Mankind’s calendar notwithstanding, we celebrate the birth of our savior on December 25. Just days after we recognize the entrance into the earth’s dormant stage, we celebrate the way God brought new life to His people throughout time. 

Thank you, Jesus.

PRAYER: Heavenly Father, thank you for your plan. Thank you that you have created a cycle of life and death and have included a plan where we can have eternal life spent in your presence. Amen. 

WHAT ABOUT YOU? What interesting insights do you have about the coincident celebration of the beginning of winter and Jesus’ birth?

Wednesday, December 21, 2011


This post is part of the Christian Writers blog chain. Our theme for this month is "Gifts from the Heart." Please see the list to the right and visit my friends’ blogs to see what they have to say about this topic.

This post is a recognition of the importance of Jewish history to me—a gentile, adopted into God’s family through my Jewish savior. The Jewish celebrations are mine, because they were first His. Thank you, Jesus.


Tonight begins the celebration of Hanukkah, also known as the Jewish "Festival of Lights."

I grew up wishing "Happy Hanukkah" to my Jewish friends, but not understanding the reason behind the celebration, thinking it had little relevance to my own faith. Why should I—a Christian—care about a Jewish holy day?

Because I’m that dog eating scraps under the table that the gentile woman spoke to Jesus about. I wasn’t born as part of God’s chosen people (the Jews) but by His grace I was adopted in to His family.

When I was adopted in, I adopted God’s plan, including the story of how He led His people. That made their history important to my future because my faith through my Jewish savior’s life was part of His earthly life, too.

It was my sweet mother-in-law who first introduced me to understanding Hanukkah as a Christian. One day I asked her, "What’s your favorite book of the Bible?"

Without missing a beat, she responded, "The Macabees."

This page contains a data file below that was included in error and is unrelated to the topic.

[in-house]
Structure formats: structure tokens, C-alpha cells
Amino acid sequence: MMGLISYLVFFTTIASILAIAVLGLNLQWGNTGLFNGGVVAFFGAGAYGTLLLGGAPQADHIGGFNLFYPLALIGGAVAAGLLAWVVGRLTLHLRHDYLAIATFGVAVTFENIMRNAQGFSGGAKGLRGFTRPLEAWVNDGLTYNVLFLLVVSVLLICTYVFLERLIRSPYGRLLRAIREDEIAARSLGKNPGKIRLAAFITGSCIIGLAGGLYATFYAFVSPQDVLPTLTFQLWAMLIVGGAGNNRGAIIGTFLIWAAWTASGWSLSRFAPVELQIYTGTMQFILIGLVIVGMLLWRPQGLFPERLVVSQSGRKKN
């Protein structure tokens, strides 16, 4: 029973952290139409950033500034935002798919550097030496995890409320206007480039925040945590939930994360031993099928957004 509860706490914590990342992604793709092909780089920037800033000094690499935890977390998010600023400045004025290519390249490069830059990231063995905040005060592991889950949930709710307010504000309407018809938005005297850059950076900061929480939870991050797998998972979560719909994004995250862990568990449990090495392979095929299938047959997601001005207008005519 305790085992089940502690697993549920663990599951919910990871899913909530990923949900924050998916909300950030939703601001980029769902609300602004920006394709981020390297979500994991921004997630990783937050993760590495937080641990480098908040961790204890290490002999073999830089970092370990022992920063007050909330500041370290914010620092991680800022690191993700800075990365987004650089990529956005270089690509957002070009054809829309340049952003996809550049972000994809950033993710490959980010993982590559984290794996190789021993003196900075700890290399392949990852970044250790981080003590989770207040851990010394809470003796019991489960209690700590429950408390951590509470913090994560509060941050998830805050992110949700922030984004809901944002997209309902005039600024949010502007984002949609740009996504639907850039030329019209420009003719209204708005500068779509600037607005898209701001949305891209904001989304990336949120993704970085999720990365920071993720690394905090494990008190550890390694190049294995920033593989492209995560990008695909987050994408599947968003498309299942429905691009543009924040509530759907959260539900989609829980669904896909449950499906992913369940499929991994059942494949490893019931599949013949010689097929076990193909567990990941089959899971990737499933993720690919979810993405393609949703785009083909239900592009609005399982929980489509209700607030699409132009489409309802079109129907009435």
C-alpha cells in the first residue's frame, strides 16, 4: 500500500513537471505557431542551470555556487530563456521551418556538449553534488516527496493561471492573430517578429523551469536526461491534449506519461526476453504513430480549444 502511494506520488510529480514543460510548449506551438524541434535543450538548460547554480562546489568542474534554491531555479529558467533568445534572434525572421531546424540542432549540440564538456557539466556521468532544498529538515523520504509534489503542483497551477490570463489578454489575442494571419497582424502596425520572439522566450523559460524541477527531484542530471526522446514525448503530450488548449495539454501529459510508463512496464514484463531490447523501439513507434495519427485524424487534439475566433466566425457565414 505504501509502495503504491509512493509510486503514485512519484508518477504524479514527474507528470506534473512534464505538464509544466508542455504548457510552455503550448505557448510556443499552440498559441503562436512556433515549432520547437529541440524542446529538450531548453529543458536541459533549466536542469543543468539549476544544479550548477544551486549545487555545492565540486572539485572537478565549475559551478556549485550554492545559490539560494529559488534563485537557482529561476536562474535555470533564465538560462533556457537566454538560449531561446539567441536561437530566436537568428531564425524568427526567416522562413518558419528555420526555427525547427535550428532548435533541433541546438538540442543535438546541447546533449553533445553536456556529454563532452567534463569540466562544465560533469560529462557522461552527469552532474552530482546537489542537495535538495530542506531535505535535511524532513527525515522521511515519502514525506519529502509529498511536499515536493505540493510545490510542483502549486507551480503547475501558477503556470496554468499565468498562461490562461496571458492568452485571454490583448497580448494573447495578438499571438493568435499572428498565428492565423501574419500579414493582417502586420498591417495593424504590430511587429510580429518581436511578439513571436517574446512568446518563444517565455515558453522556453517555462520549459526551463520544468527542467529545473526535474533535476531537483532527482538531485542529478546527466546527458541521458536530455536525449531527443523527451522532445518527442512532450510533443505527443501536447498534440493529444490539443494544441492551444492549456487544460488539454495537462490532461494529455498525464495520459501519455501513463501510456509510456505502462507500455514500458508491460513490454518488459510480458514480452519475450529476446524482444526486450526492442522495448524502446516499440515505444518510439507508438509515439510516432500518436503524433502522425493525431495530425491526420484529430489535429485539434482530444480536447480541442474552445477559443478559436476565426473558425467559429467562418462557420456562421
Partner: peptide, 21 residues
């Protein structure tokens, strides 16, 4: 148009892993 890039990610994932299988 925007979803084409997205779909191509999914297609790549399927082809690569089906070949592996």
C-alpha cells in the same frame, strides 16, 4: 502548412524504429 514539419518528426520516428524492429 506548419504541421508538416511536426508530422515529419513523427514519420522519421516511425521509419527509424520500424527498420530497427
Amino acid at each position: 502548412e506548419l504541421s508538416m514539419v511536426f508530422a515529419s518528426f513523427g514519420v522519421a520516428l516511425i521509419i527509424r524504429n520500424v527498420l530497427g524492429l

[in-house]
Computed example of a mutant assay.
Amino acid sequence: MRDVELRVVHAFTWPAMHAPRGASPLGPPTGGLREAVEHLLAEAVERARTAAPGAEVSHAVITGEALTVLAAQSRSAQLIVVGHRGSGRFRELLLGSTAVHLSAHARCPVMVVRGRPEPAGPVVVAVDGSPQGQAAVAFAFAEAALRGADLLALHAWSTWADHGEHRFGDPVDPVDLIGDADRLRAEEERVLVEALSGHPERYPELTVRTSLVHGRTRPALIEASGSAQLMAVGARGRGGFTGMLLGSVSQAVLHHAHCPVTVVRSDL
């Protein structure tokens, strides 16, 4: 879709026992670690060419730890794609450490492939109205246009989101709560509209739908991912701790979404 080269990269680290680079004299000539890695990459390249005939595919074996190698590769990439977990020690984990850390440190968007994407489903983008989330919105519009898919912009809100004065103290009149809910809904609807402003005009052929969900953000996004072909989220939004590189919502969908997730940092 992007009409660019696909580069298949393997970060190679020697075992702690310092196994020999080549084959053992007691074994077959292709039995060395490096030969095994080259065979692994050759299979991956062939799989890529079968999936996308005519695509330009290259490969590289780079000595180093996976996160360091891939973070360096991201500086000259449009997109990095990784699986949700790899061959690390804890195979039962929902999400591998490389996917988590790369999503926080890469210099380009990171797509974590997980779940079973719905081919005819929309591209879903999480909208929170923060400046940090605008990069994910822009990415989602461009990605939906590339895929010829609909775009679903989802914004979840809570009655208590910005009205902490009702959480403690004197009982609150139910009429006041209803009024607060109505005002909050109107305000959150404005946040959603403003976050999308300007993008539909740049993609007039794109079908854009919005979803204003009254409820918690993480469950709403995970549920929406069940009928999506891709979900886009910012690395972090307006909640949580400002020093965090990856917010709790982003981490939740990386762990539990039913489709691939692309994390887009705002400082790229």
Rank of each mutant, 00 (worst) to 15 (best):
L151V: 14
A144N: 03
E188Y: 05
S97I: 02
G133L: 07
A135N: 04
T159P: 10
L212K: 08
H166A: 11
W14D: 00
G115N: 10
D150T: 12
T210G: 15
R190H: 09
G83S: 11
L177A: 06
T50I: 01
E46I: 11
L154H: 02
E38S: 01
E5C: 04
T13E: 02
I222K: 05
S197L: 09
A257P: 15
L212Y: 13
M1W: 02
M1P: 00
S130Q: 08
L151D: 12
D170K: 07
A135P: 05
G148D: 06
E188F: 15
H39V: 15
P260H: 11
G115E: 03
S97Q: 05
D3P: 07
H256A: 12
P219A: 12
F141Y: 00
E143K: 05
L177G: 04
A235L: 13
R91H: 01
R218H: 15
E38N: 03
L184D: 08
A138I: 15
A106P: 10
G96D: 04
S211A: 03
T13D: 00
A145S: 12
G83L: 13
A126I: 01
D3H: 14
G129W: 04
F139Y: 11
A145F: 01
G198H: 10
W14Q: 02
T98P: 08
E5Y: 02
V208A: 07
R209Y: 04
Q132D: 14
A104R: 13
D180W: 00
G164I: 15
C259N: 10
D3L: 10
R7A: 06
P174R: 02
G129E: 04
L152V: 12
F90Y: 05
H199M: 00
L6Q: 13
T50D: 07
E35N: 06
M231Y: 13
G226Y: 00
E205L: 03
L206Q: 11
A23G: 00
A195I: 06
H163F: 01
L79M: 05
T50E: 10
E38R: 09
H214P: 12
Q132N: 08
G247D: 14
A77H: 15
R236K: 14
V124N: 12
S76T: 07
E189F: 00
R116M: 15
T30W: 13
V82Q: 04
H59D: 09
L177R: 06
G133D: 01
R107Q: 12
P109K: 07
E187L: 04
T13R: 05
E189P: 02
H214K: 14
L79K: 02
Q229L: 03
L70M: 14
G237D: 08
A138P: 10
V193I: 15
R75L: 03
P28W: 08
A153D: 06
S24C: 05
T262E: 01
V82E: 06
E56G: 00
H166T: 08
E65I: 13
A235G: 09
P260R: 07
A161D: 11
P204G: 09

Wait a minute, I thought, that’s not in my Bible.

But it is in the Bible of many versions of Christian faiths--sometimes in the Apocrapha; sometimes as part of the Old Testament. The Maccabee are a historical account of the time less than 200 years before Jesus’ birth when the Syrian army had taken over Jerusalem. Once the army was ousted, the Jews found that everything inside the Temple of Jerusalem had been desecrated—including the sacred, refined and holy oil that kept the lamps in the Temple lit.

A single sealed container of lamp oil was found—enough to keep the lamp lit for one day and night. Yet it would take eight days for new oil to be refined, purified and made holy. By God’s miraculous power, that single container of oil kept the lamp lit in the Temple for the entire eight days until the new oil was ready.

Thus, Jews celebrate the Festival of Lights as a way to remember God’s miracle of provision and sacred power.

The story of Hanukkah reminds me of Jesus and the many times he miraculously fed the hungry crowd with a few fish and a loaf of bread.

And it reminds me that Jesus is the true light of the world and we are meant to be lamp stands to light the way for others to find Him.

Can God do a miracle in our lives and make our very small amount of spiritual oil last? He can because of Jesus.

In fact, as Christians, we can look to the celebration of Hanukkah for the truth: not only did God stretch that holy oil for eight days; He made it last all the way until Jesus’ birth—nearly 200 years later—when the eternal light of life came to earth and lit the way for all of us.

I’ll be celebrating Hanukkah tonight and praising God for His power and for the gift of His heart of lighting this world with His love through Jesus.

In fact, consider me a lamp stand for Jesus—a living menorah, all lit up and praising His name!

PRAYER: Heavenly Father, thank you for your miraculous provision; not only throughout history but in our lives today. Thank you for keeping the light of your love lit until you sent us Jesus. Please help us shine our lights for you for the world to see and understand what you have planned. Amen.

 WHAT ABOUT YOU? What does Hanukkah mean to you?

Monday, December 19, 2011


Hair up? Hair down?
Hair part up and part down?
Red shoes? White shoes?
Black shoes? Barefoot?

Red roses. White lilies.
Curly willows. Glitter twigs.
Piles of meatballs. Platters of cheese.